On December 21, 2020, NHTSA published a notice of interpretation to provide guidance to manufacturers on applying FMVSS test procedures to nontraditional vehicles and equipment. 85 Fed. Reg. 83143 (Dec. 21, 2020). In the interpretation, NHTSA reaffirmed its position that manufacturers are not required to use the test procedures contained in the FMVSS when certifying compliance with that particular standard. The interpretation expanded on this long-held interpretation by further explaining that the certifying manufacturer does not need to ensure that the vehicle’s equipment or design permits NHTSA to verify the certification using the test procedures in the applicable safety standard. The agency explained that if the manufacturer exercised reasonable care in determining compliance, it may so certify, “even if the vehicle were designed in such a way that the FMVSS test conditions and procedures cannot be performed.” Id. at 83147. Where the test conditions and procedures cannot be performed, NHTSA would exercise its investigative authority to review the manufacturer’s basis for certification, such as evaluating the alternative test procedures, simulations, and models used to make the certification as well as other salient factors the manufacturer relied upon in making its determination.
Amendments to the 200-Series FMVSS
On January 13, 2021, NHTSA’s deputy administrator signed a final rule amending portions of the 200-Series FMVSS (the crashworthiness standards) to remove barriers for AVs that lack traditional manual controls necessary for human drivers. The final rule is the result of multiple Federal Register notices, public discussions with stakeholders, and a March 2020 notice of proposed rulemaking (NPRM). The notice, if it proceeds to a final rule under the Biden administration, would create increased opportunities for certain AVs by updating and adding definitions within the 200-Series standards, modifying the application sections of several standards (for example, stating that FMVSS 203, Impact protection for the driver from the steering control system, and FMVSS 204, Steering control rearward displacement, do not apply to vehicles without steering controls), and adjusting spatial references in procedures that rely on traditional vehicle controls that may not exist in AVs. The final rule would also exclude AVs that are designed exclusively to carry property from existing crashworthiness requirements.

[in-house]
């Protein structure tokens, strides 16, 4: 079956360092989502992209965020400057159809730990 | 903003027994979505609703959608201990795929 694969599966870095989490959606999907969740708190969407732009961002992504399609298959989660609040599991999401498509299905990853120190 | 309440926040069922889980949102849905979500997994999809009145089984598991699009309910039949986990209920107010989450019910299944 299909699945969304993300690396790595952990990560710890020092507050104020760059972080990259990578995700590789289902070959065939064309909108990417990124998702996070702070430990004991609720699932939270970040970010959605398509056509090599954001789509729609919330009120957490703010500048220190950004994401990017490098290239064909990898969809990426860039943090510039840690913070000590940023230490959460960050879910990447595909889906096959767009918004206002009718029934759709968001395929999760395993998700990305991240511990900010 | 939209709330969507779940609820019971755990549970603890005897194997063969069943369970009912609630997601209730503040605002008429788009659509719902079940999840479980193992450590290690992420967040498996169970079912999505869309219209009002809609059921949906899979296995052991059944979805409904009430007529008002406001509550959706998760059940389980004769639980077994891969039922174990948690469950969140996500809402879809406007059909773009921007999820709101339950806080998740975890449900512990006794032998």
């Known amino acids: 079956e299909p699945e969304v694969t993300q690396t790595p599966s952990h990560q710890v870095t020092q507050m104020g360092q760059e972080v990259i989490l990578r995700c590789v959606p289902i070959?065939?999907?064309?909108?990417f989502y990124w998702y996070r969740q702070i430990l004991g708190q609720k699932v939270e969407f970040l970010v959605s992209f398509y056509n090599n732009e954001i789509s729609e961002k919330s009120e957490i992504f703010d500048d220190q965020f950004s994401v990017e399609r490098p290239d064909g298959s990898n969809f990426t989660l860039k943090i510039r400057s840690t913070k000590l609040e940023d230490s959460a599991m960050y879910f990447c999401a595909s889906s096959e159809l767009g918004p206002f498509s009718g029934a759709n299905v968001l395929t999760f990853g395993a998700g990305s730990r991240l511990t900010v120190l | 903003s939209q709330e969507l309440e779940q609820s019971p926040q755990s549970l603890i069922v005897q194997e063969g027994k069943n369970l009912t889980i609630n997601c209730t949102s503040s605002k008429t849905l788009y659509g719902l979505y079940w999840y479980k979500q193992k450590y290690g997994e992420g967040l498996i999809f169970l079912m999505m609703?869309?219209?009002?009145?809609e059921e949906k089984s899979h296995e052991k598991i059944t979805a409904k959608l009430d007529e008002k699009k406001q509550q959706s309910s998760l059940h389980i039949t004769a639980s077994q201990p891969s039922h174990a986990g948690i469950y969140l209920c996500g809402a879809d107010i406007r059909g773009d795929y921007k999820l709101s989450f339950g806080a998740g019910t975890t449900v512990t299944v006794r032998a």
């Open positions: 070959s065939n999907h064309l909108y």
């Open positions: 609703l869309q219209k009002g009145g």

Because this notice has not been published in the Federal Register, the final rule is subject to further review and approval by the Biden administration. While the regulatory priorities of the new administration will come into focus as political appointees join NHTSA, the career staff at NHTSA who conducted the work on these proposals remain with the agency. Moreover, the proposed changes are the culmination of several years of work between various stakeholders and NHTSA’s staff. Any future regulatory actions by the new administration would likely build on the work already completed.
Updates to the New Car Assessment Program